Their track ‘Opener’, saw crowd members headbanging from the start, with lead singer Aneela Siddiqui’s arm outstretched to drive home their emotive words. ‘Blue (Bertha)’ also had the edge of a safety pin but the softness from the human heart. High-powered favourite ‘Disease Machine’ saw the band always pulling it back and hammering it down with drums and guitar. Before their set could finish, there was even the appearance of a circle pit to match the rapid tempo of the band. 

They also treated the crowd to a new number which they are releasing soon, which already sealed the nod of approval from the crowd. Decisively their best one yet, it left Siddiqui free to roam without her guitar and join the crowd. As the audience cheered for one of their new favourite bands, the band raised their guitars to the sky, rightly proud of their first Manchester show. Showing a lot of promise, The Ninth Wave wasn’t the only band there with their sights set on beginning anew.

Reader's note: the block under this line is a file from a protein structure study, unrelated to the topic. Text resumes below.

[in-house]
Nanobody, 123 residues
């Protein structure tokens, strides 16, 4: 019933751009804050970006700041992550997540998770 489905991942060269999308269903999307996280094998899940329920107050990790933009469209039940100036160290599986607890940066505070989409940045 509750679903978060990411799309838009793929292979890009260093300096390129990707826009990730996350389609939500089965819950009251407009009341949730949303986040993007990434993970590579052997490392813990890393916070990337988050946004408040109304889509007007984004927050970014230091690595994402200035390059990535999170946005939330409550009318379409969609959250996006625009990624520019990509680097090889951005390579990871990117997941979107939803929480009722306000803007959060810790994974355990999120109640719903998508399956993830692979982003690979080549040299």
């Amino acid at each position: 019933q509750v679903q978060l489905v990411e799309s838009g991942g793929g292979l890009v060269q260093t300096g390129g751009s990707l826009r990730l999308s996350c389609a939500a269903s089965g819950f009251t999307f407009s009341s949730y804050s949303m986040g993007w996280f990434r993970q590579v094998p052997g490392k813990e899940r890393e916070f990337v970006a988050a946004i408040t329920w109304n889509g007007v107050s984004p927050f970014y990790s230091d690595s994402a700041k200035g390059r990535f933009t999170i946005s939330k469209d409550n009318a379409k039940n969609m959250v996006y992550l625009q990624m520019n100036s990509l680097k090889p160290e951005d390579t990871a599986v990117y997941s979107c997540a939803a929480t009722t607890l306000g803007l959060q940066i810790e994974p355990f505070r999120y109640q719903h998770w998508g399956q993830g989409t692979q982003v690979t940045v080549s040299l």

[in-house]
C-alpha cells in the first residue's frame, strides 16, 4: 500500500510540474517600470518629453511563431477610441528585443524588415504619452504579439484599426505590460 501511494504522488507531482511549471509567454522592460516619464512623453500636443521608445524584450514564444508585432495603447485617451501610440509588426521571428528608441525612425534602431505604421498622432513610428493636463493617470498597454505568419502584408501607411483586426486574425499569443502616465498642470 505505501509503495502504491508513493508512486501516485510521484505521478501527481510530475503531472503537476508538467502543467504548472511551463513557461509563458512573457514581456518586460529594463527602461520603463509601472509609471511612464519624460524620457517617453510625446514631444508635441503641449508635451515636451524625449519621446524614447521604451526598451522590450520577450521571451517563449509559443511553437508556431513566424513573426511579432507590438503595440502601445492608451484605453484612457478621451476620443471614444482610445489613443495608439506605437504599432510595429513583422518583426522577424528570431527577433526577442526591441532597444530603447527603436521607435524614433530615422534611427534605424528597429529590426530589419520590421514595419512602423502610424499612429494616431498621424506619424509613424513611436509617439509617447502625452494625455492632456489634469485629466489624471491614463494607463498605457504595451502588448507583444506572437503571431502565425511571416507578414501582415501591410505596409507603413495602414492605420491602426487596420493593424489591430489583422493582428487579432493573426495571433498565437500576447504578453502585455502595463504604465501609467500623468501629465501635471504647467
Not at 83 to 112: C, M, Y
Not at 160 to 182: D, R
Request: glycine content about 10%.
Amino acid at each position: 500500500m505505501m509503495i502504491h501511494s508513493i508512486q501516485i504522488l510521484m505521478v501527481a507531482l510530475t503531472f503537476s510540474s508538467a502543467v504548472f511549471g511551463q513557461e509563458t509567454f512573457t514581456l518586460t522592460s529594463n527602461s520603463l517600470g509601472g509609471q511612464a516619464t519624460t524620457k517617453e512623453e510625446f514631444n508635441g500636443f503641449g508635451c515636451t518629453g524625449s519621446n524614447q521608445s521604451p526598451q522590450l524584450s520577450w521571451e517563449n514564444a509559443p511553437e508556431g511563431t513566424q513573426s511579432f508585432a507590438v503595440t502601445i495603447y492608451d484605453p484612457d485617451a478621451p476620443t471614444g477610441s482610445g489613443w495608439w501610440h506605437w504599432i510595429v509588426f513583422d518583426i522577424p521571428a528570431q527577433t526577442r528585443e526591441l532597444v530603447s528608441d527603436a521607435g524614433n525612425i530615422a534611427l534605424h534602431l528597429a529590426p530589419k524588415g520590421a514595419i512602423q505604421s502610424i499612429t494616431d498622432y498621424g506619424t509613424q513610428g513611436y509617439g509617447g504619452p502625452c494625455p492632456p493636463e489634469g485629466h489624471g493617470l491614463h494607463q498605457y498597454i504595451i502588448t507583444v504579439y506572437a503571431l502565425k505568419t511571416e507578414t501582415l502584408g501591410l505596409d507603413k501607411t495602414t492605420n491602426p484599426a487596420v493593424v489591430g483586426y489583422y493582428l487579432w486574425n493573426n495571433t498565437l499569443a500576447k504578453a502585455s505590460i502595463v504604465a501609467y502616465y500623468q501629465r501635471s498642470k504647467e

The Ninth Wave Theory means a single wave larger than all the others, which has connotations of being legendary, colossal, and unexpected. Legend has it that nothing can compete with their power. This notion more than justified the expectations of everyone in the room. Consisting of Haydn Park-Patterson (vocals/guitar), Millie Kidd (vocals/bass), Kyalo Searle-nbullu (keyboards/synths), and Calum Stewart (drums/synth), their chemistry together as a band is undeniable. Spotted on their synth machine, was a sticker with the words, “I’m ok with failure!”. A band known for painstakingly crafting their songs together and opening up about mental health, they’ve always been content with making music from their hearts.